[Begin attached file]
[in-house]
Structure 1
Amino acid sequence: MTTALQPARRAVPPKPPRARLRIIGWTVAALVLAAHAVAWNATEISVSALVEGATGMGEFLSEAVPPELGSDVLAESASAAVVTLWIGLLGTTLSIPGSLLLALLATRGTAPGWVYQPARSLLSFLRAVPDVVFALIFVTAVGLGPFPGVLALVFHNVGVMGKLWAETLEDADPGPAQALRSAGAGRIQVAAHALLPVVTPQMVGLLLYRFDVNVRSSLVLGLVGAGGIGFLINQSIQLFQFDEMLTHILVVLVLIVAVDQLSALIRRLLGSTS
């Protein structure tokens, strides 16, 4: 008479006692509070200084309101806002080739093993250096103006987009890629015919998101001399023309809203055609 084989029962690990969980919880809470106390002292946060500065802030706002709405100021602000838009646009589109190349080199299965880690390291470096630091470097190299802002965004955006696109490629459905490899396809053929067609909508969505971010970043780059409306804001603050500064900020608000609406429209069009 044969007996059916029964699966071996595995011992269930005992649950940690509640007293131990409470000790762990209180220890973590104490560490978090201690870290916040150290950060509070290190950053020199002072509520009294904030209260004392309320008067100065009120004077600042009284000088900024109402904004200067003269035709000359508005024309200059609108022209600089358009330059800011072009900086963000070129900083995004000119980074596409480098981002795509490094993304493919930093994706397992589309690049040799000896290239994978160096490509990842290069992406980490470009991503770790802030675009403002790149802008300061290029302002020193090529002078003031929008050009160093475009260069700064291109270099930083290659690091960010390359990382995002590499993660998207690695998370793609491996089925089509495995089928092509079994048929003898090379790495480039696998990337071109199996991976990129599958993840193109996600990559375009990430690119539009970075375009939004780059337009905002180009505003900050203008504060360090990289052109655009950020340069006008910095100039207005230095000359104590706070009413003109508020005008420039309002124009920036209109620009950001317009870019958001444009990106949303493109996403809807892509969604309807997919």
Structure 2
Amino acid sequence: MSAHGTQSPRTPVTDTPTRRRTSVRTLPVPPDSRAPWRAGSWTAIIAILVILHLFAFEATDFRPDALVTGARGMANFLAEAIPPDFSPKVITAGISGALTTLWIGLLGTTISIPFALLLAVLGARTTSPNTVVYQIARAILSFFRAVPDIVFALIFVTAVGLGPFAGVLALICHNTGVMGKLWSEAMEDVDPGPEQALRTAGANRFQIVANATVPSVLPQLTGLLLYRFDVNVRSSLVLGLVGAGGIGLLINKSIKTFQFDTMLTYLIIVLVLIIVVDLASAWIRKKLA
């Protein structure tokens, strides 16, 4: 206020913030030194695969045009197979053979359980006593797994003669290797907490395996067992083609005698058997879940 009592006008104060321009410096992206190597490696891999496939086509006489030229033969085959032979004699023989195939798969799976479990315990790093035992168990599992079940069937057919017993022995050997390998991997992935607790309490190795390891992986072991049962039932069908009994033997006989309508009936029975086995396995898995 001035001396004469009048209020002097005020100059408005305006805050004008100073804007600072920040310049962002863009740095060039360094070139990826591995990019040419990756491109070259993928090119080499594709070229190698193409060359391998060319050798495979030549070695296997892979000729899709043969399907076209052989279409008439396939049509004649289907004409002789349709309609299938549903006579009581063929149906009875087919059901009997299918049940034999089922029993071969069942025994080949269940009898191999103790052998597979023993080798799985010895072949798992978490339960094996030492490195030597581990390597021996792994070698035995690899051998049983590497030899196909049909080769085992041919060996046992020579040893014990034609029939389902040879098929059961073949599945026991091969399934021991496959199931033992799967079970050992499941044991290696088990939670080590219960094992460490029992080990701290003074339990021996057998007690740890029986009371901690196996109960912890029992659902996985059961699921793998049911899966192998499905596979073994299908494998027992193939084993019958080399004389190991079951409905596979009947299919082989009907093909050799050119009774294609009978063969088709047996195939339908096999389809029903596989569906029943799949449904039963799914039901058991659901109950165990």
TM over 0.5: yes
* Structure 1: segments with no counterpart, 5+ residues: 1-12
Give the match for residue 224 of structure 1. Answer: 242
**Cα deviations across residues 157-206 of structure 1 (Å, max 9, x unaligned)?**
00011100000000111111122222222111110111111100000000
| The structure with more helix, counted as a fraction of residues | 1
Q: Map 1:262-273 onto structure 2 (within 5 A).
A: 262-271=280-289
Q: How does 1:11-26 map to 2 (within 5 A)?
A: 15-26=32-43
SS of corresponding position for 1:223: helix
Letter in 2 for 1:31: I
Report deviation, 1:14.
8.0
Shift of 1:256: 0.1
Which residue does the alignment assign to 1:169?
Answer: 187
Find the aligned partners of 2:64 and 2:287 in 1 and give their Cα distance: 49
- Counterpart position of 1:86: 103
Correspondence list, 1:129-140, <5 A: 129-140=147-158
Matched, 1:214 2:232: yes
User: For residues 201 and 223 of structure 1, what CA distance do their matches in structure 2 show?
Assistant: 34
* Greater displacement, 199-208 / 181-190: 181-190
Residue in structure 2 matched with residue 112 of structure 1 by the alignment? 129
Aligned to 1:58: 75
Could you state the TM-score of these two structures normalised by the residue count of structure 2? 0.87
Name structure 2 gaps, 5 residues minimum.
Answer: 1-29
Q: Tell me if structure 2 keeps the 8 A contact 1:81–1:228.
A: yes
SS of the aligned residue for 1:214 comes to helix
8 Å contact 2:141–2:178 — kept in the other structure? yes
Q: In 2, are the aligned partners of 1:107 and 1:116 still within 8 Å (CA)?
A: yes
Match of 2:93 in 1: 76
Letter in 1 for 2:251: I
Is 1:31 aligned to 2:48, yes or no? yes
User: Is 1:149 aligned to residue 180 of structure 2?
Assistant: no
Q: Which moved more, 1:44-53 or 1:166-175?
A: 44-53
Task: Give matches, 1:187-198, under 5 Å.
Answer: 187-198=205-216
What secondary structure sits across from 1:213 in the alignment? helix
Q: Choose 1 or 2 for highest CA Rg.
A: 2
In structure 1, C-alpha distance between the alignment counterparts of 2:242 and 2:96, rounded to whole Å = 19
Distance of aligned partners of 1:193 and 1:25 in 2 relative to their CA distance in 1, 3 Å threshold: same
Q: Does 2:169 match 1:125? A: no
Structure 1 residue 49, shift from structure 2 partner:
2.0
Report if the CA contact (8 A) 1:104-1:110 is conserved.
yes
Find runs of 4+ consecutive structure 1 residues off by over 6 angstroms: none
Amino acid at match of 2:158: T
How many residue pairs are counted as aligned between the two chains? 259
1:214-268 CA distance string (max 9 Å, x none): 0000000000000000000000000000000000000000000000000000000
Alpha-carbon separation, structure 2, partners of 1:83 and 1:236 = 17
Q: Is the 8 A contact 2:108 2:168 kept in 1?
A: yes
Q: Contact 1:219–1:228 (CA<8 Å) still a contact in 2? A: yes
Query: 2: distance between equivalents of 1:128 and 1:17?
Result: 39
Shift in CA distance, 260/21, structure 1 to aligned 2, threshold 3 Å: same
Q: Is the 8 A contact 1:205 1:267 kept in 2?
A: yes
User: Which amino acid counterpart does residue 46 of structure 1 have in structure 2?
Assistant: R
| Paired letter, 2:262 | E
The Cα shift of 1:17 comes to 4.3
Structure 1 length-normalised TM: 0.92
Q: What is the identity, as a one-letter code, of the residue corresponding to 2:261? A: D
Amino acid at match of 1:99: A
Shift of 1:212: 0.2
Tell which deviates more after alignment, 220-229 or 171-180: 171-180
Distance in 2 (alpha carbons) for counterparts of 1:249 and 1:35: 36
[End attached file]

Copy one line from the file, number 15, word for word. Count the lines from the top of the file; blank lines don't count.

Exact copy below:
A: 262-271=280-289